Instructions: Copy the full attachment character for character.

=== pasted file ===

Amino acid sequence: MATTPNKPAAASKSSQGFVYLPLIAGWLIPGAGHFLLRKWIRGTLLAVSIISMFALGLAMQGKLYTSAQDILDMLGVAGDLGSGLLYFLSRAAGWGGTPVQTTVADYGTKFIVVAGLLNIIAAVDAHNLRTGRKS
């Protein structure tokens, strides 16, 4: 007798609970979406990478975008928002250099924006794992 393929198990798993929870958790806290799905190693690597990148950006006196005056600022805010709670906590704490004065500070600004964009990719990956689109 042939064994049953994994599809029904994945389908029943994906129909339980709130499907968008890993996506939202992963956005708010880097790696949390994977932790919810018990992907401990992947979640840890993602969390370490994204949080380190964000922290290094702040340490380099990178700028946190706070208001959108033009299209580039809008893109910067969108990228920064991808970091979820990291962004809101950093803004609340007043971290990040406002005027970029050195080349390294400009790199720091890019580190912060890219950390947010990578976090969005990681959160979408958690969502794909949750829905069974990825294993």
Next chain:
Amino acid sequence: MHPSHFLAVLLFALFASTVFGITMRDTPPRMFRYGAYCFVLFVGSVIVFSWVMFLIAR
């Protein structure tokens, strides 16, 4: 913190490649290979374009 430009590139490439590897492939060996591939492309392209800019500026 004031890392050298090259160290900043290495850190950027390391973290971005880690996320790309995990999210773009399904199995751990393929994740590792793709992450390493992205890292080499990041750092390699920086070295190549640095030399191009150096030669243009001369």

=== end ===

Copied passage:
Amino acid sequence: MATTPNKPAAASKSSQGFVYLPLIAGWLIPGAGHFLLRKWIRGTLLAVSIISMFALGLAMQGKLYTSAQDILDMLGVAGDLGSGLLYFLSRAAGWGGTPVQTTVADYGTKFIVVAGLLNIIAAVDAHNLRTGRKS
């Protein structure tokens, strides 16, 4: 007798609970979406990478975008928002250099924006794992 393929198990798993929870958790806290799905190693690597990148950006006196005056600022805010709670906590704490004065500070600004964009990719990956689109 042939064994049953994994599809029904994945389908029943994906129909339980709130499907968008890993996506939202992963956005708010880097790696949390994977932790919810018990992907401990992947979640840890993602969390370490994204949080380190964000922290290094702040340490380099990178700028946190706070208001959108033009299209580039809008893109910067969108990228920064991808970091979820990291962004809101950093803004609340007043971290990040406002005027970029050195080349390294400009790199720091890019580190912060890219950390947010990578976090969005990681959160979408958690969502794909949750829905069974990825294993």
Next chain:
Amino acid sequence: MHPSHFLAVLLFALFASTVFGITMRDTPPRMFRYGAYCFVLFVGSVIVFSWVMFLIAR
């Protein structure tokens, strides 16, 4: 913190490649290979374009 430009590139490439590897492939060996591939492309392209800019500026 004031890392050298090259160290900043290495850190950027390391973290971005880690996320790309995990999210773009399904199995751990393929994740590792793709992450390493992205890292080499990041750092390699920086070295190549640095030399191009150096030669243009001369």